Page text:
At 9:43 a.m. yesterday, while the morning haze burned off, a small freckled boy stood outside the Showcase Maumee wearing a long black wizard's hat with stars and half moons on it and a black cape and a red and yellow rugby shirt and oval wire frame glasses and a lightning bolt tattoo on his forehead. Just like his hero, Harry.
He jumped in place and rocked from side to side and jumped in place some more and ran up to the window of the locked theater and pressed his face against the tinted glass and ran back to his parents and jumped in place for approximately 20 minutes more.
So went the line outside Showcase Maumee for the first screening of the eagerly awaited film adaptation of J.K. Rowling's Harry Potter and the Sorcerer's Stone. It snaked from the main doors and ran alongside the theater for a few hundred feet. On both sides of the building.
Inside ushers waited nervously. “Unlock doors,” yelled a manager.
“Unlocking doors now!”
From left, Kellie Roberts, Deb Essing, Stephen Davis, Robert Oliver, Jasmine Boyd, Melaniya Woodward, Delaney and Casey Mahoney, and Meredith Tong, wait for the film to start.
Then ... well, picture the Running of the Bulls in Spain, only with less trampling, panic, and bulls, and more 9-year old girls shrieking in expectant delight. Human gridlock filled the theater. It was like Christmas morning and everyone knew what they were getting. All they wanted was a movie slavishly true to the beloved book series - no surprises, please! - and that's what they got and that's why they adored it.
Some before they saw it.
“This is such a good movie,” a doe-eyed girl cooed, settling into her seat, 15 minutes before the movie started. She sat near the seven children and two teachers (all Harry fans) that The Blade invited to the first screening.
We wanted to gauge their reactions. Let them play movie critic. Four of the children - Jasmine Boyd, 10, Stephen Davis, 11, Robert Oliver, 10, and Melaniya Woodard, 10, all fifth graders - and two teachers, Deb Essing, 47, and Kellie Roberts, 37, were from Sherman Elementary School in Toledo. The other three were students at Cardinal Stritch High School: Meredith Tong and Casey Mahoney (15-year old sophomores) and Casey's sister, Delaney, 11.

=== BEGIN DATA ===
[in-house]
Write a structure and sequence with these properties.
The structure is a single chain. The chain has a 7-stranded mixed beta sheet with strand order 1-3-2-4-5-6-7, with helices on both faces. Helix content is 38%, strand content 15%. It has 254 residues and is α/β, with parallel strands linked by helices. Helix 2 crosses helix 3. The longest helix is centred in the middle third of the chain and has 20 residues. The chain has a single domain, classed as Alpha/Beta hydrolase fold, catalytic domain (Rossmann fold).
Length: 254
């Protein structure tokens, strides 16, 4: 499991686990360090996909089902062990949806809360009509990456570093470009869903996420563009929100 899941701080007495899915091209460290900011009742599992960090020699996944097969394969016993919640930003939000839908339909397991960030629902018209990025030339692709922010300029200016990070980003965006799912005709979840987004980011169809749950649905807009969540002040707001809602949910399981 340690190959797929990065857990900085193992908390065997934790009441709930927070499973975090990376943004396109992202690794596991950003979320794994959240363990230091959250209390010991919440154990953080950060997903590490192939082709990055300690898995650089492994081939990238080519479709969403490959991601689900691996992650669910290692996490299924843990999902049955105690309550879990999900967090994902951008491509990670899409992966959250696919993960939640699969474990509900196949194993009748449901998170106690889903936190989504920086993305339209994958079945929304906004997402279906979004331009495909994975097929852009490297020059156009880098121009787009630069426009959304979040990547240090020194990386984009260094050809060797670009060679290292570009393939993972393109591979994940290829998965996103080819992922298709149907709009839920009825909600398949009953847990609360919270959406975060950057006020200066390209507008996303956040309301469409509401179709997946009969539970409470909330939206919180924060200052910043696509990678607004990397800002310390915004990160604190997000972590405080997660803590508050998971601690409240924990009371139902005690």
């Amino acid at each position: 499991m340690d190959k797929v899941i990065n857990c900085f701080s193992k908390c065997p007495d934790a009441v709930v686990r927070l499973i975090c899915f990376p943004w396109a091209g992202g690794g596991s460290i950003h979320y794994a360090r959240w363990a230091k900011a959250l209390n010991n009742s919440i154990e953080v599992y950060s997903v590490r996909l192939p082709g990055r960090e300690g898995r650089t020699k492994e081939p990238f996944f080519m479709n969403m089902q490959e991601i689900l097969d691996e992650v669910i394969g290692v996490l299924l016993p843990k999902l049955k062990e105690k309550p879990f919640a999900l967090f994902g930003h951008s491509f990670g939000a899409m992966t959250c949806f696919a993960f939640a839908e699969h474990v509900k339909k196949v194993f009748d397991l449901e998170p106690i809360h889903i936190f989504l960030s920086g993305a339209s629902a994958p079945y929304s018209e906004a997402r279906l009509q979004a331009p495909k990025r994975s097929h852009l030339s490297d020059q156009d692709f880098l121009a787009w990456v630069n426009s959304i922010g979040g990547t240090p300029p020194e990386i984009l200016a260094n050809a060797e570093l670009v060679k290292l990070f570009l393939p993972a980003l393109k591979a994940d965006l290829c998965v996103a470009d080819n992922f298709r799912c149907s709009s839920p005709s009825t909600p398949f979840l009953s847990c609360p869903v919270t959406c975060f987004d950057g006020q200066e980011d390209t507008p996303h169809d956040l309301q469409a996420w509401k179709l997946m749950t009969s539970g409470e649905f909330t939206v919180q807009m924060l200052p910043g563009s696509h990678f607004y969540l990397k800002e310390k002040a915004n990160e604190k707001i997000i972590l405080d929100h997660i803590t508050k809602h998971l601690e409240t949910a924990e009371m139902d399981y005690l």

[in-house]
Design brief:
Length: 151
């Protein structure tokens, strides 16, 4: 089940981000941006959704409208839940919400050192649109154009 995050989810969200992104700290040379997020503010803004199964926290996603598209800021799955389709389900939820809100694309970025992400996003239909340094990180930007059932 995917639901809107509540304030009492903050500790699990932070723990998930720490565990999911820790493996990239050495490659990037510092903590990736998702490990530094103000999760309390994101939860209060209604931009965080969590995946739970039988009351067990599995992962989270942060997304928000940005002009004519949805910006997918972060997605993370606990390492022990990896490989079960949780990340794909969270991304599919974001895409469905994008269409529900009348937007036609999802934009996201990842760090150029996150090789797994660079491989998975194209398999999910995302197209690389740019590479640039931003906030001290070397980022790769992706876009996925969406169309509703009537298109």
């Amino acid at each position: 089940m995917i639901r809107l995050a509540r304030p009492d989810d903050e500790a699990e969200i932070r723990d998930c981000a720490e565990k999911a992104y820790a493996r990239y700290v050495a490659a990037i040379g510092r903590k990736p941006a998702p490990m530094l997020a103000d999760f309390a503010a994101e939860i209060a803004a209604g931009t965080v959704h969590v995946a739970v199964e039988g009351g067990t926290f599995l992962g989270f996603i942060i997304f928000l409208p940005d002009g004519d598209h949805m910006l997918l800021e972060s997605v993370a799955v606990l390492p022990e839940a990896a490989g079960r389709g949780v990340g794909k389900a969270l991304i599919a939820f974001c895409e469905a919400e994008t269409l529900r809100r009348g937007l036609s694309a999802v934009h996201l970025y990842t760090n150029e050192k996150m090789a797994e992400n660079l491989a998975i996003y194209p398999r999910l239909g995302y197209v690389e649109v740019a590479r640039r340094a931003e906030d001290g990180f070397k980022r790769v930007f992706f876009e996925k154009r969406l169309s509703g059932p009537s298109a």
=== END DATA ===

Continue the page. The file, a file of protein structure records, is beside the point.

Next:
“I hope it does justice to the book,” said Meredith, waiting in her seat, “and is not just this special-effects thing.”
Down the aisle, Ms. Essing fretted: “What will make or break this movie for me is how closely they can connect what I saw in my head when I was reading with what I see on the screen.” Ms. Roberts nodded. She didn't want another bad adaptation of a favorite read: Please not another Bridges of Madison County, she said. “They need to get the tone right, but the characters have to be exactly like in the book too.”
Then the lights went down and the audience cheered and as the film began, children murmured in recognition, comparing notes. Robert wished he had brought his copy of the book, to see how closely it followed the text. Ms. Essing and Ms. Roberts leaned toward each other periodically. “That's just like I pictured it,” they whispered.
But two hours and 45 minutes later (there are 15 minutes of previews) the reaction was unanimous: Very true to the book. “I liked it better than the book,” Jasmine said. “You get more in the book, but the movie goes a lot quicker.” Stephen and Robert liked how the movie showed them what a three-headed dog looked like. Casey liked it, but not the special effects. “When the [film's wizards-in-training] were flying on broomsticks, it kind of felt like watching a video game.”
Oddly, no one gushed or seemed excited. It was more like they were ... comforted.
Kris Keaton from Genoa let her kids stay home from school yesterday so they could see Harry. “It was a treat,” she said. “They all made honor roll.” Glancing at her children, Ashlee, 7, Amanda, 8, and Greg, 10, she said, “Two hours, 45 minutes flew by.”
For her anyway. Ashlee wasn't wild about Harry. Asked if she liked the movie, she scrunched her face, looking a little sheepish at her reaction. After all, it's hard being the lone voice of dissent.
Greg stepped up. He liked the movie, he said. But the book was better. Like other Potter devotees at the theater, he immediately pounced on plot divergences (not enough baby dragon, for instance) that the film either glossed over or eliminated in the service of making a 2 1/2 hour epic rather than a 3 1/2 -hour one.
“I didn't think there was enough from the book in the movie,” he said. He's a stickler, this one. He read all the books. “And I'm reading the fourth again.”
Ashlee stood at his side, rolling her eyes as he explained the minutiae of Harry Potter. But when he said he'd been rereading the fourth book, she stopped moving. She looked at him with the deepest phony sincerity ever summoned by a 7-year-old, like a mini-Barbara Walters.
“Is it cool?” Ashlee asked.
“Yeah,” Greg answered.
“Then can I smack you now?”
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